Budget negotiations are getting tense in New London. The 92-point-8 million dollar spending proposal for the upcoming fiscal year includes a 488-thousand dollar increase in taxpayer funding for the school district. City councilor John Satti has been blunt with education officials, saying he believes the schools should be flat funded. He says Satti says administrative salaries for educators in New London are through the roof, but school board president Mirna Martinez says that’s not the case. The city council has already approved the first of three budget readings. The proposed spending plan represents a 3-point-2 percent increase over the current fiscal year. It would raise the city’s tax rate by point-43 mills.


A shed that car­pen­try and elec­tri­cal stu­dents built dur­ing the 2013-14 school year was torn down last week by contractors working on the new Ella T. Grasso Tech­ni­cal High School. State Sen. Heather Somers took to Facebook to crit­i­cize the de­ci­sion, calling it waste­ful­ and for de­valu­ing stu­dent work. Grasso Tech Prin­ci­pal Pa­tri­cia Feeney said the shed was sched­uled to be taken down as part of the orig­i­nal con­struc­tion plan for the new school. She noted that stu­dents re­moved valu­able com­po­nents, like sid­ing, win­dows and doors. The missed op­por­tu­nity for pub­lic use was what got Somers up­set. She ques­tioned why the school couldn’t have do­nated the shed to Gro­ton So­cial Ser­vices, the Gro­ton Se­nior Cen­ter or Noank School Pub­lic Gar­dens, and sug­gested a nearby green­house be do­nated to a com­mu­nity gar­den. Somers said it showed a dis­dain for the car­pen­try pro­gram, which is being phased out.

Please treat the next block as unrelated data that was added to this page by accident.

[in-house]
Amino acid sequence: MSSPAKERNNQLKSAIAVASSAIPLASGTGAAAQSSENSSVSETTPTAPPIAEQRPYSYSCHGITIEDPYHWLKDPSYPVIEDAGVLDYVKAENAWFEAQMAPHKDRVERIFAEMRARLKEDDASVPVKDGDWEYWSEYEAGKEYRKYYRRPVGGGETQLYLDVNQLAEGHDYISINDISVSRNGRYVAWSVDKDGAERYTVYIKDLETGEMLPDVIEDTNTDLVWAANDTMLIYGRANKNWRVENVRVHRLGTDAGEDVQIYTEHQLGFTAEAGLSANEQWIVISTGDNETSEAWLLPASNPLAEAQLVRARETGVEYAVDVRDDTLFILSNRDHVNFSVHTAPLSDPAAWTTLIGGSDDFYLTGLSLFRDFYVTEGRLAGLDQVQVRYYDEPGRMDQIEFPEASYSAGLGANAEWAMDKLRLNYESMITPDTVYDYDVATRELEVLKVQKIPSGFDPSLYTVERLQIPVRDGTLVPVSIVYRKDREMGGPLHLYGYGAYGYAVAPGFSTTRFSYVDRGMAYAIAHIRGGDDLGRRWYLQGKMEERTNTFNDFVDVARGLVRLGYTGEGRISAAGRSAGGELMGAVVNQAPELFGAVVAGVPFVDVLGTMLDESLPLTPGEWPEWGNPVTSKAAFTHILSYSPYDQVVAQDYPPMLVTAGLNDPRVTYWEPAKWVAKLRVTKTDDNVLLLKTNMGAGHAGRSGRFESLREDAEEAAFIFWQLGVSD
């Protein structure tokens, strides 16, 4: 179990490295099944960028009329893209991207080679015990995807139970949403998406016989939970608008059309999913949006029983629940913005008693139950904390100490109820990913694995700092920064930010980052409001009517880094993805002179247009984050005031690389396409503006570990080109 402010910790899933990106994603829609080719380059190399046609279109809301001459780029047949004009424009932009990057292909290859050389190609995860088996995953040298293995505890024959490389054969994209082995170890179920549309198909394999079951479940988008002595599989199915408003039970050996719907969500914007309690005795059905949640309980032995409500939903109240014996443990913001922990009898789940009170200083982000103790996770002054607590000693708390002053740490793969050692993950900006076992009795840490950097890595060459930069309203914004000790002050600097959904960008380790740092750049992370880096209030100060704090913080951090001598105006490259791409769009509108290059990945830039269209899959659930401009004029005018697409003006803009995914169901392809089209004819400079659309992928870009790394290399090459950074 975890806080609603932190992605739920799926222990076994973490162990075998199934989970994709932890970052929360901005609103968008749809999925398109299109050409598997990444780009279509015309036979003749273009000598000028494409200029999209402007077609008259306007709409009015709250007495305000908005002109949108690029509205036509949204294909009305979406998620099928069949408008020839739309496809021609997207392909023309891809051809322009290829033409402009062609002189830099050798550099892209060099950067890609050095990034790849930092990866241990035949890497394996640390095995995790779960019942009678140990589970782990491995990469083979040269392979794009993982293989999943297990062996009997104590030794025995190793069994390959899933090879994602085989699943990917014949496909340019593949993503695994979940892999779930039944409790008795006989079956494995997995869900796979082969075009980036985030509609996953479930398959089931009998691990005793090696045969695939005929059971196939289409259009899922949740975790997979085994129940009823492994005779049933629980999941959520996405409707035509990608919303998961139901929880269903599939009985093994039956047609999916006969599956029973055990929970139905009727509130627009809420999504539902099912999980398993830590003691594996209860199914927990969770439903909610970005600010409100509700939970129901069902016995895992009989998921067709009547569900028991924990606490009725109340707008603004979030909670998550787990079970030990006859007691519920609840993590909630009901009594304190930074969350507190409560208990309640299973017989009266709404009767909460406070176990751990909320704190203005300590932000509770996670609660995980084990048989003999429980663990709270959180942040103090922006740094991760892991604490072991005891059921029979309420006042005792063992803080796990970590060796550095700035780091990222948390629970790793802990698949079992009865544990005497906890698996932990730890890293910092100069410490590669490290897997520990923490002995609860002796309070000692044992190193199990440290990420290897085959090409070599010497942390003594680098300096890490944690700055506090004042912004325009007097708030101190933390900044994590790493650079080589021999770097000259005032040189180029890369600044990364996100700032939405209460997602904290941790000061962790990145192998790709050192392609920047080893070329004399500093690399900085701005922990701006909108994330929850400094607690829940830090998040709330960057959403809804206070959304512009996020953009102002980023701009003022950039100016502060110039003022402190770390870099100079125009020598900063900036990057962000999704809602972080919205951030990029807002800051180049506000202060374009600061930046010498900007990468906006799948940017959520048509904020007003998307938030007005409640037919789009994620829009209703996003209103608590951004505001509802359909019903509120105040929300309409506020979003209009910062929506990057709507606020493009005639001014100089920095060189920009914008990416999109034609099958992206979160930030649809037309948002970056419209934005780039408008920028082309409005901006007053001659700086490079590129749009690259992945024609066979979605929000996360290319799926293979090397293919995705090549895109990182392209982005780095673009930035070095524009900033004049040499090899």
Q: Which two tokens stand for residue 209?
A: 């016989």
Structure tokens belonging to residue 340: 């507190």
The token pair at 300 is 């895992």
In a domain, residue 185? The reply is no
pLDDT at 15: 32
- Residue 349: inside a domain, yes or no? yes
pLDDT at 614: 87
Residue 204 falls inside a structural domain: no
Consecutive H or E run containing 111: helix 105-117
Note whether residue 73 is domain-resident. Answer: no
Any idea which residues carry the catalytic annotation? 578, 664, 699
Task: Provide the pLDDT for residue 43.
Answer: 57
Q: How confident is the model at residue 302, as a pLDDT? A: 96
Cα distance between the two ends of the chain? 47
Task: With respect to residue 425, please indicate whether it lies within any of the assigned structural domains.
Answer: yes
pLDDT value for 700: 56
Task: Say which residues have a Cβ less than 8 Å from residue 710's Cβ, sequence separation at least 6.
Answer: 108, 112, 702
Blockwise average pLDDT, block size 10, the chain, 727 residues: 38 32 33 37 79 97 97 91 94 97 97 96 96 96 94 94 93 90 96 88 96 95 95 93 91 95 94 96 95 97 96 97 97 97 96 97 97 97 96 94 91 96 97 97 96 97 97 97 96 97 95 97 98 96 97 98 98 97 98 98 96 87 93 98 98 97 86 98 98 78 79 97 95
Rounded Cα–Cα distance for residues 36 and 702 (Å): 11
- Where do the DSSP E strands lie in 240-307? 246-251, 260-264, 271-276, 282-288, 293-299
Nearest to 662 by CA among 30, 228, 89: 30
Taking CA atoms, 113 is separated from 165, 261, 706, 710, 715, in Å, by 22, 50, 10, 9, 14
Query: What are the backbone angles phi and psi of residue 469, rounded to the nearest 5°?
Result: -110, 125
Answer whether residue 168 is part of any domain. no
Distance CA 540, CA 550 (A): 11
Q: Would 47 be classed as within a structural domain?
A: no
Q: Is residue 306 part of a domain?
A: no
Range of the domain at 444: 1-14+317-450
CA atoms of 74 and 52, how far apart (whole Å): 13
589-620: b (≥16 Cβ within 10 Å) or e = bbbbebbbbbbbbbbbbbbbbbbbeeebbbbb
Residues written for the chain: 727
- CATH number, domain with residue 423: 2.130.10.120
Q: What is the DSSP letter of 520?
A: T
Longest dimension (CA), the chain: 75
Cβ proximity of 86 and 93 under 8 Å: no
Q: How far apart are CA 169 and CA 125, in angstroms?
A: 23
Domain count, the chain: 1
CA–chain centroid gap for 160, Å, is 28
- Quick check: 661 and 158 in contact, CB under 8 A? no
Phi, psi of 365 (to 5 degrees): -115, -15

The town of Led­yard may have a new am­bu­lance ser­vice com­pany. A committee seeking new service has rec­om­mended Amer­i­can Am­bu­lance to be­come the town’s new am­bu­lance ser­vice provider. The fi­nal terms of a con­tract with Amer­i­can Am­bu­lance still need to be ne­go­ti­ated. There are several issues that would need to be worked out. Amer­i­can Am­bu­lance pro­posed a guar­an­teed max­i­mum price of $75,000 that would remain con­stant over the next 15 years of the con­tract.


A land surveying company owned by a member of the Golf Course Authority has been given the ok by the Norwich City Ethics Commission to do work as a subcontractor. With a unanimous vote of approval, Gerwick Mereen Land Surveying & Land Planning will be doing work for the firm selected to build a new pond and well watering system at the city-owned golf course. The city’s ethics code allows city board and commission members to be hired by the city as long as the work was part of a competitive bid process.


Ad­min­is­tra­tors at Project Oceanol­ogy, the Gro­ton-based ed­u­ca­tion non­profit, learned last week that the pro­gram’s state fund­ing will may be cut by more than 75 per­cent. Less than 10 years ago, they were getting $800,000 through the state’s Interdistrict Co­op­er­a­tive Grant Pro­gram. In fis­cal year 2018, which ends June 30, the pro­gram al­lo­cated Project O, as it is known, just over $400,000. For the next fis­cal year, it won’t get more than $100,000, ac­cord­ing to the state Bureau of Choice Pro­grams. A Project O chairman said the pro­gram, founded by a group of teach­ers and ad­min­is­tra­tors in 1972, has al­ways strug­gled to draw fund­ing from the state.


The Boston Globe’s list of the top 20 beaches in New England includes DuBois Beach in Stonington Borough and Rocky Neck State Park in East Lyme. The Globe recognized the 160 camp sites and it’s “long white sands”. DuBois is recognized as “a perfect spot for kids to enjoy gentle waves lapping on a sandy shore” and it’s views of the sunset.

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